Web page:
Imagine your house 10 years from now. You might picture a huge TV screen that turns into a wall, art or something else entirely with a simple gesture, a driverless car parked in the garage and a robot butler emptying the washing machine for you. But just how likely is it that Alexa will have evolved from a humble voice assistant that ‘lives’ in a cylinder to a walking, talking robot companion that helps out around the house in a decade’s time?
Alexa, you and your voice
Smart voice assistants are already a staple in many homes. According to the latest stats, more than 66.4 million people in the US – 26.2% of the total population – now own a smart speaker. Similar stats in the UK suggest they’re nearly as popular, with more than 22% of households reportedly now kitted out with a voice-activated device.
It’s difficult to predict whether these numbers will continue to rise – and whether Alexa, Google Assistant or Siri will be the most popular AI-powered assistant in your living room. But whichever is on top, there’s one thing we know for sure: we all like the sound of our own voices.
The latest data from Juniper Research, as reported by TechCrunch, suggests voice-activated tech is likely to increase over the coming years. It’s quickly becoming one of the top ways we now search online and voice features and assistants are being added to our phones, smart TVs, fitness trackers and even our cars. This is no surprise. Using your voice rather than relying on a screen, or other interface, is quick and convenient.
“Switching from traditional screen interfaces to voice interfaces is a logical move,” Dor Skuler, CEO and co-founder of Intuition Robotics, tells TechRadar. “It allows for a greater variety of third party skills to be employed, it keeps people present during interactions, and it’s a much more accessible form of interaction for many users who have certain visual or physical impairments or have a difficult time utilizing computers and phones.”
But as natural as barking commands at our voice assistants may seem right now, there’s one thing we can all agree on: they need to become smarter for us to stay interested.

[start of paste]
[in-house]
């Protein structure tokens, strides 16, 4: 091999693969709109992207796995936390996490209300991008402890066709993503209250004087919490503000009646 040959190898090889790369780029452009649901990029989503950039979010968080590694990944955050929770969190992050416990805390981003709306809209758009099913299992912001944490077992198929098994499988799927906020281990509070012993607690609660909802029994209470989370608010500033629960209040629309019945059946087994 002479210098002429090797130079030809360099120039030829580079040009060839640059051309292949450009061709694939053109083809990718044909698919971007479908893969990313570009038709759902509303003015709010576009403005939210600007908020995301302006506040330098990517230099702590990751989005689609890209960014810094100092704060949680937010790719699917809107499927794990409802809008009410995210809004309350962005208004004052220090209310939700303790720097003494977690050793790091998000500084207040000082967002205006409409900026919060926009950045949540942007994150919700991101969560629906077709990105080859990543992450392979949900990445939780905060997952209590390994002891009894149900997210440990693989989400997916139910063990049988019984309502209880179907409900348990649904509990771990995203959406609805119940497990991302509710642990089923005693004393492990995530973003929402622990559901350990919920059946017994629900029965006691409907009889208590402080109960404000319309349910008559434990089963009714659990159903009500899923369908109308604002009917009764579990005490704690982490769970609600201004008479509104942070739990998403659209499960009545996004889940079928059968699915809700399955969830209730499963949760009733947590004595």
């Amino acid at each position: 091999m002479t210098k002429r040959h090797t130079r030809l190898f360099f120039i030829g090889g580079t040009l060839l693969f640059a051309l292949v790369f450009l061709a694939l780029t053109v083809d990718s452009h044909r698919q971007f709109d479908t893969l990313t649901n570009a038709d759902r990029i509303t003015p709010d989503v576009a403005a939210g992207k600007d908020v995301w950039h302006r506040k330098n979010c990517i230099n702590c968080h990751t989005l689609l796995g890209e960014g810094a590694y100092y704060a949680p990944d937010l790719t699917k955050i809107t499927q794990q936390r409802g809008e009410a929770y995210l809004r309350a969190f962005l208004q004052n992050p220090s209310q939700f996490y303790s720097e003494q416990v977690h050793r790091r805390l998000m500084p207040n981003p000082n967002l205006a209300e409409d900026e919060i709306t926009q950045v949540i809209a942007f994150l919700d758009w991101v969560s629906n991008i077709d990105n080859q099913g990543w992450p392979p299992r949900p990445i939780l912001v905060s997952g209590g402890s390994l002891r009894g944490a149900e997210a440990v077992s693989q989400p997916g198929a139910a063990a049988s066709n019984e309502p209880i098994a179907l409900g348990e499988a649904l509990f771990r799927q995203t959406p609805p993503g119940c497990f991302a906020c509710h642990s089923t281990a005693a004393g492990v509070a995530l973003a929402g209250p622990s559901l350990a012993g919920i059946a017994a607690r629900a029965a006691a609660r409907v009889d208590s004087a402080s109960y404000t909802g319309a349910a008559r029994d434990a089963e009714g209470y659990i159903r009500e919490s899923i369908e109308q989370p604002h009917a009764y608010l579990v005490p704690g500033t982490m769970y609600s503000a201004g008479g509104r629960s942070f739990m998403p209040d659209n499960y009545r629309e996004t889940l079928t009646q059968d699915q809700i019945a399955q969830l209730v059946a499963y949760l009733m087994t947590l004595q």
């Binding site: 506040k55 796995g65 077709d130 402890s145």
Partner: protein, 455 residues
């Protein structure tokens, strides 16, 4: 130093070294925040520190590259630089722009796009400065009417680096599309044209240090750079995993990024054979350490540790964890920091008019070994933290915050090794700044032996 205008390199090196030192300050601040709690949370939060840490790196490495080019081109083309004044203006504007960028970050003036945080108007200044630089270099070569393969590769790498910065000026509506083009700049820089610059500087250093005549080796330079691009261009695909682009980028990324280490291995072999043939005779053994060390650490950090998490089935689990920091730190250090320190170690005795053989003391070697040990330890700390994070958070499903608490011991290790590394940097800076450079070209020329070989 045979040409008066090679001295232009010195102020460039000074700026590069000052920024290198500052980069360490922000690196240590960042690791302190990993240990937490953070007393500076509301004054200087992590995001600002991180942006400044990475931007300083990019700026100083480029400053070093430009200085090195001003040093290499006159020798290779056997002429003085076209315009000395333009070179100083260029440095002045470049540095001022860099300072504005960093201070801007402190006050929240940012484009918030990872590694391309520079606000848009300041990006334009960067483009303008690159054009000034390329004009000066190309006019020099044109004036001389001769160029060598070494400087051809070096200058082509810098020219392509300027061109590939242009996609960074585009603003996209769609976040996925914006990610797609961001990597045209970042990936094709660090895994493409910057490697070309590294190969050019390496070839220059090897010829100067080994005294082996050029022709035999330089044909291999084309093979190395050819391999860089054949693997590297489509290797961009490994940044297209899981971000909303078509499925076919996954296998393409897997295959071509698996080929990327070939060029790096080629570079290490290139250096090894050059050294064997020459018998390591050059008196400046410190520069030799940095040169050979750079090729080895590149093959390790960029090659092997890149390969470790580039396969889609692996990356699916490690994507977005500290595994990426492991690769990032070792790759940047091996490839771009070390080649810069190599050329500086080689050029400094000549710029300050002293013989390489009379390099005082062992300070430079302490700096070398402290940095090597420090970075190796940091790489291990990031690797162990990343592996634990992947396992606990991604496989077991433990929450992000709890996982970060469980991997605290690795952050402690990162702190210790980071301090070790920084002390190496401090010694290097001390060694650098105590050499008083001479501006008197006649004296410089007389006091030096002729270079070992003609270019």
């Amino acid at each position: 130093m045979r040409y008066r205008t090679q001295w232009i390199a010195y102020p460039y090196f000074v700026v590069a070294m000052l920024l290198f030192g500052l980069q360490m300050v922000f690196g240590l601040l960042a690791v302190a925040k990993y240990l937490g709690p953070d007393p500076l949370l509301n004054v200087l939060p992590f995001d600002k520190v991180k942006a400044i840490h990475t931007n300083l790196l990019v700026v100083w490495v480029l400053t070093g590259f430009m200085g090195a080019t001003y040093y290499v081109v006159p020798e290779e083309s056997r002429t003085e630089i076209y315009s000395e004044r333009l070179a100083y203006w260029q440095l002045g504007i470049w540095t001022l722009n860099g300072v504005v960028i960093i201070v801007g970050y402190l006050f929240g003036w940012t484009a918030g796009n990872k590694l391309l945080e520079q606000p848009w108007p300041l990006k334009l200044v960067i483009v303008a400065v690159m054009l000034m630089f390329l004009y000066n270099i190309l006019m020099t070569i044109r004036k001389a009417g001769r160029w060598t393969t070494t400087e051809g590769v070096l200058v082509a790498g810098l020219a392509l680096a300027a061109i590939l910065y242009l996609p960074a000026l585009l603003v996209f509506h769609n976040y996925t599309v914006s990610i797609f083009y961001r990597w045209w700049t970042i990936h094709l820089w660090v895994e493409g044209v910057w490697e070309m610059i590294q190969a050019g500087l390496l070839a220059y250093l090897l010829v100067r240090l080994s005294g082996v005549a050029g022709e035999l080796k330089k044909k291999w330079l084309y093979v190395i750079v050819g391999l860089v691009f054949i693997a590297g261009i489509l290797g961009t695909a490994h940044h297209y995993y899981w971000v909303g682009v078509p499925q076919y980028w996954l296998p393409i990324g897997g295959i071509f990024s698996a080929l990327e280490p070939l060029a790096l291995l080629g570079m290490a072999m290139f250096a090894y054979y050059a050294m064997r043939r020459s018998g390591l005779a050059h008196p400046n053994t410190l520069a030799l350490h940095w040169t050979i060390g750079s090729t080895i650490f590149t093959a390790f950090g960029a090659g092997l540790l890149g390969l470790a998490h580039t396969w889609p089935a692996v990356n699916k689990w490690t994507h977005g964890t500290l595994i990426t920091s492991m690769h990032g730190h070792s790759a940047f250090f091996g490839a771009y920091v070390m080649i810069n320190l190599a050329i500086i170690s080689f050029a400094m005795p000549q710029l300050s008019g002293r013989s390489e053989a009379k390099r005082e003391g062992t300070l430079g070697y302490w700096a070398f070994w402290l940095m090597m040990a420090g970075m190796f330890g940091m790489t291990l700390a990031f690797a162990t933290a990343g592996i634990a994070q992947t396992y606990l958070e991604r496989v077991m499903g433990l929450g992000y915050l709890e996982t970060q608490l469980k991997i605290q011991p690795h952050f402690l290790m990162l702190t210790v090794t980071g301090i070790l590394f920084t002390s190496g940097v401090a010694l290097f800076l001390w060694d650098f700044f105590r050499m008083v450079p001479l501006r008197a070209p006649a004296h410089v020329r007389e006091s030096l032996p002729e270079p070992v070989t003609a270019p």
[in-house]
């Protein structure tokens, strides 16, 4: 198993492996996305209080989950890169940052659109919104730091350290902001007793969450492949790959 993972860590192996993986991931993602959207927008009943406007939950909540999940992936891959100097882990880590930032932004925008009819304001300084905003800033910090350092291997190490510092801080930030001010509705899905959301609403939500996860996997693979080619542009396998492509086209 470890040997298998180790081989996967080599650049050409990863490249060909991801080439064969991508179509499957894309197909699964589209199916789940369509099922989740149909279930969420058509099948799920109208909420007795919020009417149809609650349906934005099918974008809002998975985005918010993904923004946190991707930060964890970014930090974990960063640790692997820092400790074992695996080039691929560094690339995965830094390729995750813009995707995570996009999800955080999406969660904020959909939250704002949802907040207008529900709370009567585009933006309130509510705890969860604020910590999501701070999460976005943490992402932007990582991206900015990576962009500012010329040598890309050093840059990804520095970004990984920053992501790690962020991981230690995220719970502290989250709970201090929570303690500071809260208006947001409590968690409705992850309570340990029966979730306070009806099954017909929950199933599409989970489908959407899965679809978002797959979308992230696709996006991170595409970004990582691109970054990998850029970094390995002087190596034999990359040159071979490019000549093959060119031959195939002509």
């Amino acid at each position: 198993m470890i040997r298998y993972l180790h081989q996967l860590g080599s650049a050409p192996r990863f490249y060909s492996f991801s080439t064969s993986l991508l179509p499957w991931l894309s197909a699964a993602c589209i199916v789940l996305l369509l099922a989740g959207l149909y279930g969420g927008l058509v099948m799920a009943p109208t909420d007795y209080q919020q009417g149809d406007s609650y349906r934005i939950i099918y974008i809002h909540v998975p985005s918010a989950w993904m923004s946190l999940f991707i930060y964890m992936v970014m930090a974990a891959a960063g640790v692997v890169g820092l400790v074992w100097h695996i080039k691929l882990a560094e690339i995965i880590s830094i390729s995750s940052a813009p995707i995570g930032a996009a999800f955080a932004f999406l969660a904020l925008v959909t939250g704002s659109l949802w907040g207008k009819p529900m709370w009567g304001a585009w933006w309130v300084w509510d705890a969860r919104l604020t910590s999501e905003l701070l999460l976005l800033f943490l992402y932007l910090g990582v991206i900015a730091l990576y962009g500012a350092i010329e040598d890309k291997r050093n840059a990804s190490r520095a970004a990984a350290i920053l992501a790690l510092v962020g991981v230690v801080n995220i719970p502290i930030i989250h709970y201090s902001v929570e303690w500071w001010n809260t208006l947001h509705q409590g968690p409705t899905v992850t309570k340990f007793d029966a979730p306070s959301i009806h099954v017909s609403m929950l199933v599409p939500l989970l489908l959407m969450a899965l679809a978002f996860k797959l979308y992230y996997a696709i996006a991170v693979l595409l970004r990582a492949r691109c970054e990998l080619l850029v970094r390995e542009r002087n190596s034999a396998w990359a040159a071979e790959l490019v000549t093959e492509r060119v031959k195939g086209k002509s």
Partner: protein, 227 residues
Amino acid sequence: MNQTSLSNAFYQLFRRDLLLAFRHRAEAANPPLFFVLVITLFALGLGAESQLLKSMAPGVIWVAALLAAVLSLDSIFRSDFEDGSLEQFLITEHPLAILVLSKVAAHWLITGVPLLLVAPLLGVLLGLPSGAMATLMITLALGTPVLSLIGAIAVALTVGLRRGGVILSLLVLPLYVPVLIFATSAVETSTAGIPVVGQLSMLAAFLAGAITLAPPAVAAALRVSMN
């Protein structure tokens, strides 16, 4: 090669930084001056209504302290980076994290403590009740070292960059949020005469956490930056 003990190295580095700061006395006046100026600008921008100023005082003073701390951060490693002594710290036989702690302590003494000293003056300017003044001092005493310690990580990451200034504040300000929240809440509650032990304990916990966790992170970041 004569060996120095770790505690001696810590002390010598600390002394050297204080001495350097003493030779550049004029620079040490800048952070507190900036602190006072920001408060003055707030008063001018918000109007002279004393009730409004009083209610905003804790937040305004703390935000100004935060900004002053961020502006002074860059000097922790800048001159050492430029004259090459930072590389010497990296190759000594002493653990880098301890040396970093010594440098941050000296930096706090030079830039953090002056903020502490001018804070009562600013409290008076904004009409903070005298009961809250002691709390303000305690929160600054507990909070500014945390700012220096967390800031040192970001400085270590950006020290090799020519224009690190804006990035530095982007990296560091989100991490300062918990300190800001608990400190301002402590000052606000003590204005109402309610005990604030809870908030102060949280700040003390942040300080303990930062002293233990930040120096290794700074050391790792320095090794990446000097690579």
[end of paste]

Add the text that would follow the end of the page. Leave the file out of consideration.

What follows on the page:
Advancing Alexa's intelligence
Amazon is constantly upgrading the way Alexa works. Last year, a significant number of updates were announced to bring the AI assistant a ‘memory’ feature, which enables Alexa to remember important dates, as well as ‘context carry over’, which means you can ask Alexa one question followed by another.
There’s more on the horizon. According to reports, a patent was also filed that would allow Alexa to respond to commands without needed a wake word. That means you could say “turn lights on Alexa” rather than saying “Alexa” before the command.
Although this change raises privacy concerns (is Alexa always listening?) it could make interactions more fluid. “This technology will continue to improve, with much more natural sounding interactions, until the user feels as though they are in a conversation with another human.” Skuler says.
Many of the latest updates are focused on making conversation between you and Alexa feel more like you’re talking to a human than a computer. But it’s not just conversation skills that need to develop. The suggestions Alexa provides, and the way it helps around the home, will be important for evolving it from a smart assistant into an invaluable member of the family.
“The model of interaction, at its core, is not entirely different than going on a computer and typing a question into a browser,” Skuler tells us. “Until this format changes, and becomes more intuitive and more human with the AI initiating interactions and understanding context and users, there is a large chance the functionality of the devices will plateau.”
Building a body for Alexa
One way Alexa could become more efficient, help out around the home and understand the context of interactions is if it has more of a physical presence in our homes.
The vice president and head scientist at Alexa Artificial Intelligence, Rohit Prasad, has revealed that he thinks Alexa would be better if it had a robot body and cameras. “The only way to make smart assistants really smart is to give it eyes and let it explore the world,” Prasad said at the MIT Technology Review’s EmTech Digital AI conference earlier this year.
Giving smart assistants physical bodies could enable them to learn more about the world, including your routines, how you move around your home and where furniture and other bits of technology are situated.
This context-building could be what Alexa needs to start serving up more personalized suggestions, help you accomplish manual tasks and pre-empt issues before they arise, straddling the line between AI assistant and robo-companion.
“We will see a move from voice assistants to companions,” Skuler says. “AI agents that encompass rich characters that anticipate our needs and are more integral to people's lives.”
He explains that this is important for more natural and helpful interactions. “Instead of users having to explicitly ask for what they want, the companion will understand the context of the situation and proactively interact with the user to assist them,” Skuler tells us. “It is natural that robot bodies will be built for AI companions and incorporate multiple modalities to allow for a natural interaction.”